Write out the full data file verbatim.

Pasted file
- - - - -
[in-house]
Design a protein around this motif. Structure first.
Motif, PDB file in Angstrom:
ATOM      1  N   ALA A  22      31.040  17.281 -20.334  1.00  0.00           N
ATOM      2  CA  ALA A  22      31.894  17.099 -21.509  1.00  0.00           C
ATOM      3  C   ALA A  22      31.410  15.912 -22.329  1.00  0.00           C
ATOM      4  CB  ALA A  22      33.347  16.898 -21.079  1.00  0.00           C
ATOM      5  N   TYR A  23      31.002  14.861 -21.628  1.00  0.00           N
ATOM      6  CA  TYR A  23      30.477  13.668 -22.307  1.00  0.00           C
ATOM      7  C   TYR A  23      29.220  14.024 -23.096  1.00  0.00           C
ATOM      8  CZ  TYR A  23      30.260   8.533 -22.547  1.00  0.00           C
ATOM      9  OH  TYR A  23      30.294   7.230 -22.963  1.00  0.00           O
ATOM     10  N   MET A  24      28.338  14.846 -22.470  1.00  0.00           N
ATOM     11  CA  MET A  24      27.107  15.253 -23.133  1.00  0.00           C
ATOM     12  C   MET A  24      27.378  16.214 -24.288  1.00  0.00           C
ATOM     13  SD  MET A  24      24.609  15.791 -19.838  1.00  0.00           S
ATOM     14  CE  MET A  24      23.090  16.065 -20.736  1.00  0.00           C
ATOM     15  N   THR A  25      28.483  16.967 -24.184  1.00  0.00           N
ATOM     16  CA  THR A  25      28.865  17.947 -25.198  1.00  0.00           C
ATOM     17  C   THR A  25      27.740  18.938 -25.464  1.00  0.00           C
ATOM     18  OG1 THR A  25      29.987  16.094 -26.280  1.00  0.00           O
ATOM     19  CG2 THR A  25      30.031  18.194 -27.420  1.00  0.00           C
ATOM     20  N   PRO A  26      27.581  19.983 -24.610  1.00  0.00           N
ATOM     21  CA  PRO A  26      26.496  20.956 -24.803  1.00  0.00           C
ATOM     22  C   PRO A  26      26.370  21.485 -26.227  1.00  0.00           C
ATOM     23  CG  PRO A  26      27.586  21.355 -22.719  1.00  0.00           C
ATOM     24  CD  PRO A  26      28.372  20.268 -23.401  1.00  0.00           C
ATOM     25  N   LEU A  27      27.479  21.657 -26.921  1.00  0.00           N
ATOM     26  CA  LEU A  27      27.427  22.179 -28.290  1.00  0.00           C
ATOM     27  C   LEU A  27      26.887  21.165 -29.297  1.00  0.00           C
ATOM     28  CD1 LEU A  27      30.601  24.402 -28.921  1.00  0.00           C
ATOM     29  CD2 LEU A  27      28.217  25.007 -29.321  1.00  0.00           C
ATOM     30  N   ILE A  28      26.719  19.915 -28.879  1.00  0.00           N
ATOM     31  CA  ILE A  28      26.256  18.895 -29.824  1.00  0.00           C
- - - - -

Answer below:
[in-house]
Design a protein around this motif. Structure first.
Motif, PDB file in Angstrom:
ATOM      1  N   ALA A  22      31.040  17.281 -20.334  1.00  0.00           N
ATOM      2  CA  ALA A  22      31.894  17.099 -21.509  1.00  0.00           C
ATOM      3  C   ALA A  22      31.410  15.912 -22.329  1.00  0.00           C
ATOM      4  CB  ALA A  22      33.347  16.898 -21.079  1.00  0.00           C
ATOM      5  N   TYR A  23      31.002  14.861 -21.628  1.00  0.00           N
ATOM      6  CA  TYR A  23      30.477  13.668 -22.307  1.00  0.00           C
ATOM      7  C   TYR A  23      29.220  14.024 -23.096  1.00  0.00           C
ATOM      8  CZ  TYR A  23      30.260   8.533 -22.547  1.00  0.00           C
ATOM      9  OH  TYR A  23      30.294   7.230 -22.963  1.00  0.00           O
ATOM     10  N   MET A  24      28.338  14.846 -22.470  1.00  0.00           N
ATOM     11  CA  MET A  24      27.107  15.253 -23.133  1.00  0.00           C
ATOM     12  C   MET A  24      27.378  16.214 -24.288  1.00  0.00           C
ATOM     13  SD  MET A  24      24.609  15.791 -19.838  1.00  0.00           S
ATOM     14  CE  MET A  24      23.090  16.065 -20.736  1.00  0.00           C
ATOM     15  N   THR A  25      28.483  16.967 -24.184  1.00  0.00           N
ATOM     16  CA  THR A  25      28.865  17.947 -25.198  1.00  0.00           C
ATOM     17  C   THR A  25      27.740  18.938 -25.464  1.00  0.00           C
ATOM     18  OG1 THR A  25      29.987  16.094 -26.280  1.00  0.00           O
ATOM     19  CG2 THR A  25      30.031  18.194 -27.420  1.00  0.00           C
ATOM     20  N   PRO A  26      27.581  19.983 -24.610  1.00  0.00           N
ATOM     21  CA  PRO A  26      26.496  20.956 -24.803  1.00  0.00           C
ATOM     22  C   PRO A  26      26.370  21.485 -26.227  1.00  0.00           C
ATOM     23  CG  PRO A  26      27.586  21.355 -22.719  1.00  0.00           C
ATOM     24  CD  PRO A  26      28.372  20.268 -23.401  1.00  0.00           C
ATOM     25  N   LEU A  27      27.479  21.657 -26.921  1.00  0.00           N
ATOM     26  CA  LEU A  27      27.427  22.179 -28.290  1.00  0.00           C
ATOM     27  C   LEU A  27      26.887  21.165 -29.297  1.00  0.00           C
ATOM     28  CD1 LEU A  27      30.601  24.402 -28.921  1.00  0.00           C
ATOM     29  CD2 LEU A  27      28.217  25.007 -29.321  1.00  0.00           C
ATOM     30  N   ILE A  28      26.719  19.915 -28.879  1.00  0.00           N
ATOM     31  CA  ILE A  28      26.256  18.895 -29.824  1.00  0.00           C